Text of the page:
The movie is based on the life of FC Porto's (portuguese sporting club) president Jorge Nuno Pinto da Costa as depicted by the book "Eu, Carolina" written by his former companion Carolina Salgado. although the names of the characters were changed for the movie to avoid being sued by the real Pinto da Costa. See more »
Irony has often strange ways to show and give meaning even to a terrible and dishonest film like this one.
The story is that the former lover of the president of a football team (FC.Porto) becomes estranged from him and decides to write a book denouncing alleged sports corruption and gangster type behaviour from that president's administration during the years she was with him. In a country like Portugal where maybe more than half the football fans support the opponent, usually loosing football club (Benfica), this had the potential to sell (books, film tickets, whatever...). The former lover teams up with a ghost-writer who's also a sport's journalist who passionately supports Benfica. The book comes out and they decide in the meanwhile to make a movie based on it. Depending on who you ask the purposes are threefold: money and revenge for the former lover, trying to invert to stop the winning streak of FC.Porto (the writer) and money (the producer who came along).
Caught in the middle of this is Botelho, married to the ghost-writer. He is a relatively talentless director, but he usually tries to make real cinema. But the combination here was to explosive for him, he was too much outside his element. So in the end he (and his writer wife) become estranged from the producer and neglect the film. Apparently the director alleges some difference of opinion regarding soundtrack (he wanted classical and jazz, the producer wanted contemporary pop).
Anyway, what i got to watch, streamed and forgotten in youtube, is a total mess: Botelho uses the Oliveira blocking (static shots, people facing the camera while having a dialogue etc.) to tell a sleazy story and that isn't even good sleaze. The sexy scenes are not sexy enough, nor even good exploitation, the dialogue is mediocre and so on. But mostly the film is dishonest. A number of characters are bad, very bad, the others are good very good. Everybody (even Breyner) is absolutely lost in this mess. The idea print an idea in people's heads (the president is bad and corrupt that's why his team wins, all the other people are good). They even change the origin of the woman (from Brazilian to Porto accent Portuguese) to avoid the predictable prejudice the Portuguese average viewer might have towards Brazilians. And the final dishonesty is a scene when Sofia is meeting her book editor: behind her are a number of photos of famous Portuguese writers and in a certain shot you get her head in medium close up mimicking the head of Florbela Espanca, seen in the background. For a director who prides himself to adapt to the screen the biggest writers in Portugal (Pessoa, Queirós, Mendes Pinto) to establish a comparison between a writer revealing some sleaze in a book to one of our greatest woman writers must have been heart-breaking. Oh love forces you to some terrible moves sometimes. No wonder he took the music cue and left the project.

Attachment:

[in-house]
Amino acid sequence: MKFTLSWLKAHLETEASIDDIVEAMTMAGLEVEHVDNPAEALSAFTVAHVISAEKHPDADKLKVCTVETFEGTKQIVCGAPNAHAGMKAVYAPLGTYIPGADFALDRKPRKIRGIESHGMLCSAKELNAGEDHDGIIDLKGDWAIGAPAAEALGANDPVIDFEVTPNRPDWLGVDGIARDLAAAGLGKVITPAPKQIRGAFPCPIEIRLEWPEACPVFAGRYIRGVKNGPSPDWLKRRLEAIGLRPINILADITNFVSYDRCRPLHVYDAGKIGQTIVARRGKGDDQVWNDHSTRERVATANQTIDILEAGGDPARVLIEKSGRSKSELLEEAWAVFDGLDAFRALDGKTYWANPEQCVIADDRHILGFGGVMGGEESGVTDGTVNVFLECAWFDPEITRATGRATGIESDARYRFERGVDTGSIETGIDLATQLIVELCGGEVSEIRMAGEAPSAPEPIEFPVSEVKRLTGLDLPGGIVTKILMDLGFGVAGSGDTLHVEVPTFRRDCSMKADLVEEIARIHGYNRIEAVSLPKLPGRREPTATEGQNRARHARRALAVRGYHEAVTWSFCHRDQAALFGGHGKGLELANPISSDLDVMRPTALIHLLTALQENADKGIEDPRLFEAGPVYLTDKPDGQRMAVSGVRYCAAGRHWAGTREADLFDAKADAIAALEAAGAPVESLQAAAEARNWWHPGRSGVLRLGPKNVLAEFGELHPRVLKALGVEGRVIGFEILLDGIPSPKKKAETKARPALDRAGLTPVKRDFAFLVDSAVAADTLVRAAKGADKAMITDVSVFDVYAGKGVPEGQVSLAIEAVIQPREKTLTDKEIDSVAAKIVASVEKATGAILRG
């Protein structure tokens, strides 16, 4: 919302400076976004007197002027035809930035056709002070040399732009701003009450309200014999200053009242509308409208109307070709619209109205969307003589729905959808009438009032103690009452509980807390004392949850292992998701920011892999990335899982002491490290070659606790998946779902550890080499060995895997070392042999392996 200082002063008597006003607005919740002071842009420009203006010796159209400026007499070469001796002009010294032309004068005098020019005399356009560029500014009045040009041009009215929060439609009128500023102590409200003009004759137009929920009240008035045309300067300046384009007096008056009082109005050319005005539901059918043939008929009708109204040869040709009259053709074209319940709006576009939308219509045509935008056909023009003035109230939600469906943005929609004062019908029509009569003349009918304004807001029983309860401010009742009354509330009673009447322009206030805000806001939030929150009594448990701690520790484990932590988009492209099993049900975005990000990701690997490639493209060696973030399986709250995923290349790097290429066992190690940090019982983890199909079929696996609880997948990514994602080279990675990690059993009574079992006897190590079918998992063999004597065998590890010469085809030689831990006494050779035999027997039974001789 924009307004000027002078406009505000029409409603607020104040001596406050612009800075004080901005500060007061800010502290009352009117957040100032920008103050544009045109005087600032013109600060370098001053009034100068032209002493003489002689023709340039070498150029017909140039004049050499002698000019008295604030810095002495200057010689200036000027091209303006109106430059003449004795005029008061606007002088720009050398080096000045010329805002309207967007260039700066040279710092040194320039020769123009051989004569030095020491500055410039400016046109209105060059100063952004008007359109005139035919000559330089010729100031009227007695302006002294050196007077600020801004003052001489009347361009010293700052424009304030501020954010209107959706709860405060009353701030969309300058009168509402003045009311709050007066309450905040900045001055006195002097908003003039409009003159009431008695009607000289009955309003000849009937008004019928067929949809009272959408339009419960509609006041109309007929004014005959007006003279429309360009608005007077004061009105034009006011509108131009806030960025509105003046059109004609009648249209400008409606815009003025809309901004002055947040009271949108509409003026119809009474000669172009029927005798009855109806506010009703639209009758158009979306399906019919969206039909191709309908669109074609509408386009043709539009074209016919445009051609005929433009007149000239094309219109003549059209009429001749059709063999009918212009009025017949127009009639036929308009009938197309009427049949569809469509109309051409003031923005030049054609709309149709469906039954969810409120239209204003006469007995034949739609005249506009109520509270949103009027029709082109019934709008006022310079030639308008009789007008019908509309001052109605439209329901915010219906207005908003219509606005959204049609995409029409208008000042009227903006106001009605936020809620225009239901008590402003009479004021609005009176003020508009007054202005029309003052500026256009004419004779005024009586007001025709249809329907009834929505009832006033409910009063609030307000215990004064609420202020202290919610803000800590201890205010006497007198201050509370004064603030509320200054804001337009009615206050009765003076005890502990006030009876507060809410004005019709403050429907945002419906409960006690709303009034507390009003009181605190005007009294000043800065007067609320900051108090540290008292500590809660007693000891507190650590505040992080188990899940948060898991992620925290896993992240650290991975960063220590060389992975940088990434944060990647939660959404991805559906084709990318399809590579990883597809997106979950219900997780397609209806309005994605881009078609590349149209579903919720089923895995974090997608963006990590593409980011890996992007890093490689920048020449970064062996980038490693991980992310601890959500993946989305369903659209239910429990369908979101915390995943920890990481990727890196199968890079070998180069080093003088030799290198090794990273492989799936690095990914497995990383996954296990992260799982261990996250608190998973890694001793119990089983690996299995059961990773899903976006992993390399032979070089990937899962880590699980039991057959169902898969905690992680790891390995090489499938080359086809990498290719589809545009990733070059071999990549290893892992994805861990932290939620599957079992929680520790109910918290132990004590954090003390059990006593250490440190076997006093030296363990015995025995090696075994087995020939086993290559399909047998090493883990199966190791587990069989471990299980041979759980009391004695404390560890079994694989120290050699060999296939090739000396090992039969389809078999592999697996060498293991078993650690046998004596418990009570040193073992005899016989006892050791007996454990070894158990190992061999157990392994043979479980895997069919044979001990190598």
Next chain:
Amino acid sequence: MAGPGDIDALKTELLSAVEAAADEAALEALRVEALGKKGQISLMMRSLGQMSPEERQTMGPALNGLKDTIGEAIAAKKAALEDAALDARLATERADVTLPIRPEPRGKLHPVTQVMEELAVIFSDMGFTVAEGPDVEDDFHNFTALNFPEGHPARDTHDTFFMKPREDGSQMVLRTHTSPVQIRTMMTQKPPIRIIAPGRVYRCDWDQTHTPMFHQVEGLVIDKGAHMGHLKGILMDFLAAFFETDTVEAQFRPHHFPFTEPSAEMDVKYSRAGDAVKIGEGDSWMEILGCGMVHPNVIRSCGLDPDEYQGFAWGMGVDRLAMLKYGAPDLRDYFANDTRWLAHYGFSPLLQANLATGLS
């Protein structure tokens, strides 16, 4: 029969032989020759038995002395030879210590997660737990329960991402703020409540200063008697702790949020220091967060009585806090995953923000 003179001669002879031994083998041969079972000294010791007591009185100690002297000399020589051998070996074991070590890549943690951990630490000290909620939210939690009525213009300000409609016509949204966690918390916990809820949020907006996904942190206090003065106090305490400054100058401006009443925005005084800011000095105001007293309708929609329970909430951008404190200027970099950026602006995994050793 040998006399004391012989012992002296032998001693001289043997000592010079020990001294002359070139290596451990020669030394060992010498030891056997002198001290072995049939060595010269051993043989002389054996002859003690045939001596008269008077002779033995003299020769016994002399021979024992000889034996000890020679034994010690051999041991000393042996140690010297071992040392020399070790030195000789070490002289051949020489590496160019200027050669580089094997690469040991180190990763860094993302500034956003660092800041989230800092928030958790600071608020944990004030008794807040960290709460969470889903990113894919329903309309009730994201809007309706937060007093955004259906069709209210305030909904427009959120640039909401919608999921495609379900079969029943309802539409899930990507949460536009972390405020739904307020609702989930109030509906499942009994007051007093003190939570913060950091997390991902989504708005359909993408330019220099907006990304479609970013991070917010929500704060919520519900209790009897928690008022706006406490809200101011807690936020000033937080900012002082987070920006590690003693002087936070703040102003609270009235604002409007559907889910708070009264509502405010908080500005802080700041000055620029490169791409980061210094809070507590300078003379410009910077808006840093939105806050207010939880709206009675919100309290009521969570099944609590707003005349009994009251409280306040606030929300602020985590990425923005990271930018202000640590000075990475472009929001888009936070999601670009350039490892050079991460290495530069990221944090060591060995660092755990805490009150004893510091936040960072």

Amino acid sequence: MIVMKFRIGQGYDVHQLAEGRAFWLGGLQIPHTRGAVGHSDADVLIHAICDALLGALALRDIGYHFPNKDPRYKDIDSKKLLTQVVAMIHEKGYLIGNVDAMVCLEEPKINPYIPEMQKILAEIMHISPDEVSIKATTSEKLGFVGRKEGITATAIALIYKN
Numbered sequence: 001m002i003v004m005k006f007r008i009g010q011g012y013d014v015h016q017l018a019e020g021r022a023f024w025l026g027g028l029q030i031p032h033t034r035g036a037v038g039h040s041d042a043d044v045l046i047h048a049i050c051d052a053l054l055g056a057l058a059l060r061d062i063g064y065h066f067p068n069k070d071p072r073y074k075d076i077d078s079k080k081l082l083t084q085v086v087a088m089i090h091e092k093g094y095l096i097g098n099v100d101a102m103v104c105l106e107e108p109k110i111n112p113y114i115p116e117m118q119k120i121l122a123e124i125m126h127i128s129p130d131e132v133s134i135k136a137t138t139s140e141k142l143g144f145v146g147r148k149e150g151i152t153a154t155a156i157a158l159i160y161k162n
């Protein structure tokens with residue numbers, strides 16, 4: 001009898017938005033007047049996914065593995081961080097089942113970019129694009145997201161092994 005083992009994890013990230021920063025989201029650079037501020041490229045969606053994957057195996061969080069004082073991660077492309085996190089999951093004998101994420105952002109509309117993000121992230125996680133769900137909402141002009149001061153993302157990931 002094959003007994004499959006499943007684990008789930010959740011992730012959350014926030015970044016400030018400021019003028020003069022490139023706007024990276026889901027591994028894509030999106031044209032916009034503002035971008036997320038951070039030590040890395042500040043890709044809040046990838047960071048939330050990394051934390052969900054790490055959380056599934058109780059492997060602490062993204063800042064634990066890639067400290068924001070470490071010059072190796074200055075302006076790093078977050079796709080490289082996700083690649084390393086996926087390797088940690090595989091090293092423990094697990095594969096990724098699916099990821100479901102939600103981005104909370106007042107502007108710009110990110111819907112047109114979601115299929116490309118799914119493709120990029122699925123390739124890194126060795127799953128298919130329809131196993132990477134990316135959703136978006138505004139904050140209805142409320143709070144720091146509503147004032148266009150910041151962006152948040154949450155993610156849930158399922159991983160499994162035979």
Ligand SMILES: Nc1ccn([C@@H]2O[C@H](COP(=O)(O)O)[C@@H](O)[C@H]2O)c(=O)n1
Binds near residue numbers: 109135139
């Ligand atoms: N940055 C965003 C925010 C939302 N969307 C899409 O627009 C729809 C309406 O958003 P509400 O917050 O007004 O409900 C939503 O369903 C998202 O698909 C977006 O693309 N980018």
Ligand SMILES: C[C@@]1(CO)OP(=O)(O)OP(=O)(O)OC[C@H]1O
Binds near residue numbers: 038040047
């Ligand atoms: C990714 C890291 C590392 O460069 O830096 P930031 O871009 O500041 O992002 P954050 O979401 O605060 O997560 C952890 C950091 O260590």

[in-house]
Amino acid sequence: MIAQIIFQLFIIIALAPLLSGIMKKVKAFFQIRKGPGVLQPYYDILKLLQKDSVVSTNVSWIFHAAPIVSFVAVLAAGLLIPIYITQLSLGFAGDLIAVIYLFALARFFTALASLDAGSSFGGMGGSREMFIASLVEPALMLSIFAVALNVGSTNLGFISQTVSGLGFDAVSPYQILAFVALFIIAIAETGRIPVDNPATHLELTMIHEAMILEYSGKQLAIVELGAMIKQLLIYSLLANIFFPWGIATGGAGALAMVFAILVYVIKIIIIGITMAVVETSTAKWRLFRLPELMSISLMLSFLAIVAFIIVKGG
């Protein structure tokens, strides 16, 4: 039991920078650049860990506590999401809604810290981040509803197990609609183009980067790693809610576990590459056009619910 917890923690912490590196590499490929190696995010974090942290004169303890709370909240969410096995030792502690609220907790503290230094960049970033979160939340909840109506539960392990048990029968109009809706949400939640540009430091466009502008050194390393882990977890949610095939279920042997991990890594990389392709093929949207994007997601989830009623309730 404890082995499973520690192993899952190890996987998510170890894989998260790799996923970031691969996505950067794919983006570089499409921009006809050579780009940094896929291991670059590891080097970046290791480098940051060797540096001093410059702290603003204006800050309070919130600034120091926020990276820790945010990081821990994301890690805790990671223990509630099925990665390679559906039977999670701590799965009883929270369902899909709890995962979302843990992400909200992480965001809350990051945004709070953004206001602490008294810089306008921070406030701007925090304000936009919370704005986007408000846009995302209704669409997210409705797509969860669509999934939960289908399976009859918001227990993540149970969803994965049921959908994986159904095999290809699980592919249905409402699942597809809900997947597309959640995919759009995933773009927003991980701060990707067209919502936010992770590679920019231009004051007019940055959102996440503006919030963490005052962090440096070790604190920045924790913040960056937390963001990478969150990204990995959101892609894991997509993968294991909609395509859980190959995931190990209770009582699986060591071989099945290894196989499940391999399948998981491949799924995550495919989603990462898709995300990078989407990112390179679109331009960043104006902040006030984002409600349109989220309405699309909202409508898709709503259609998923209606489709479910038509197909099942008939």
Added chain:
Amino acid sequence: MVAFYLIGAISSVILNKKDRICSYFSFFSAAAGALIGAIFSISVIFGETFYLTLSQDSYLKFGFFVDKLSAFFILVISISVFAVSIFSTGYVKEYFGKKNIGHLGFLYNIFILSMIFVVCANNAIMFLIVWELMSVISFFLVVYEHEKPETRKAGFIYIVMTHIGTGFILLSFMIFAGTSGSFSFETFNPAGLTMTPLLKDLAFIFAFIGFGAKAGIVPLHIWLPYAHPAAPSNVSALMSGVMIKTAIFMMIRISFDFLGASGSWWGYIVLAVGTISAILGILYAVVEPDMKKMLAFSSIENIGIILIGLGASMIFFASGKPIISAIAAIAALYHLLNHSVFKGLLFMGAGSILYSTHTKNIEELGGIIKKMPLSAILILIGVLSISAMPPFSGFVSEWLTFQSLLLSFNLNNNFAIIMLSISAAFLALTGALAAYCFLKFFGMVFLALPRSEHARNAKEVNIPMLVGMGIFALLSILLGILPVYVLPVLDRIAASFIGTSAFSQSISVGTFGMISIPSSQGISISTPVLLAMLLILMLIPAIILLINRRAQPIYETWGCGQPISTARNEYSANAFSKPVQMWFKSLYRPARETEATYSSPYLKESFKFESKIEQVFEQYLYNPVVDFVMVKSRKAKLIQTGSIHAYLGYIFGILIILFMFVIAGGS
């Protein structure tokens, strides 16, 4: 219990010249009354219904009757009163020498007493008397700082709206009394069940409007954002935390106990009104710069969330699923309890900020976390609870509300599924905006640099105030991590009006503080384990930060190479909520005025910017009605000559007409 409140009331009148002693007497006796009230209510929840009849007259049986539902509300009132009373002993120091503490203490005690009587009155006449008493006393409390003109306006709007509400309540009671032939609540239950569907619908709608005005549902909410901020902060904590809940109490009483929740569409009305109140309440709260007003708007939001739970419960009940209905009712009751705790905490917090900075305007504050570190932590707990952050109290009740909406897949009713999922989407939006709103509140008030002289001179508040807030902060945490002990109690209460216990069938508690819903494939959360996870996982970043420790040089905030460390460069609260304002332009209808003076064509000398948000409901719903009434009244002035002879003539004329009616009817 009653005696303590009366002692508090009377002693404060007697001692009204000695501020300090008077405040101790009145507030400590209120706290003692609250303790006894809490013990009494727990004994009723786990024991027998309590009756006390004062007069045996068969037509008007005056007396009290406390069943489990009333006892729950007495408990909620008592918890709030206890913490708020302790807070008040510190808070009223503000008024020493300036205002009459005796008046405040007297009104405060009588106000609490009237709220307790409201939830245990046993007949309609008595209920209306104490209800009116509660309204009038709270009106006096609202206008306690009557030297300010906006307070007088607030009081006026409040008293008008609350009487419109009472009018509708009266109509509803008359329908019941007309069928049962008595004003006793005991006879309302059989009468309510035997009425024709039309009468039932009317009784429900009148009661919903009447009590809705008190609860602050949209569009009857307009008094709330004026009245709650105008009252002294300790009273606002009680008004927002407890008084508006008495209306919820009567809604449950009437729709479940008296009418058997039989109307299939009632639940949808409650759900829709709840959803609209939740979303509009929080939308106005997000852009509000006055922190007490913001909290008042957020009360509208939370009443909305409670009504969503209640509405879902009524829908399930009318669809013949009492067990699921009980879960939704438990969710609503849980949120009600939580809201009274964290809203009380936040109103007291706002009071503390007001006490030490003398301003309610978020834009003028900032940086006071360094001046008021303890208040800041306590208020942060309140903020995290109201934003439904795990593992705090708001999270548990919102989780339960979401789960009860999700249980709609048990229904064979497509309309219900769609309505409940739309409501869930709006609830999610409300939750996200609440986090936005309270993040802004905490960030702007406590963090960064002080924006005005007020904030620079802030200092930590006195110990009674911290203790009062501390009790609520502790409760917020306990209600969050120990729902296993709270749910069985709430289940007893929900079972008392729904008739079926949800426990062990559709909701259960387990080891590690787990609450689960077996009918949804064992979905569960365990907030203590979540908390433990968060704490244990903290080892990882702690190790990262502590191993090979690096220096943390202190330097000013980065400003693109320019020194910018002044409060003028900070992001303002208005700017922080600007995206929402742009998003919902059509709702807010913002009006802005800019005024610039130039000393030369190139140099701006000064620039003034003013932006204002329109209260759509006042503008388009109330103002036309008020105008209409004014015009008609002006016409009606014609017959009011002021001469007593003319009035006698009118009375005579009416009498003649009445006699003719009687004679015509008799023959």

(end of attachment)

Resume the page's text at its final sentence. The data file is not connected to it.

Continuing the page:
I looked for this film because now, 10 years later, we have the courts and police investigating Benfica for corruption, justice officials and police bribing and so on. I wonder what film will these people do... Funny. The irony...
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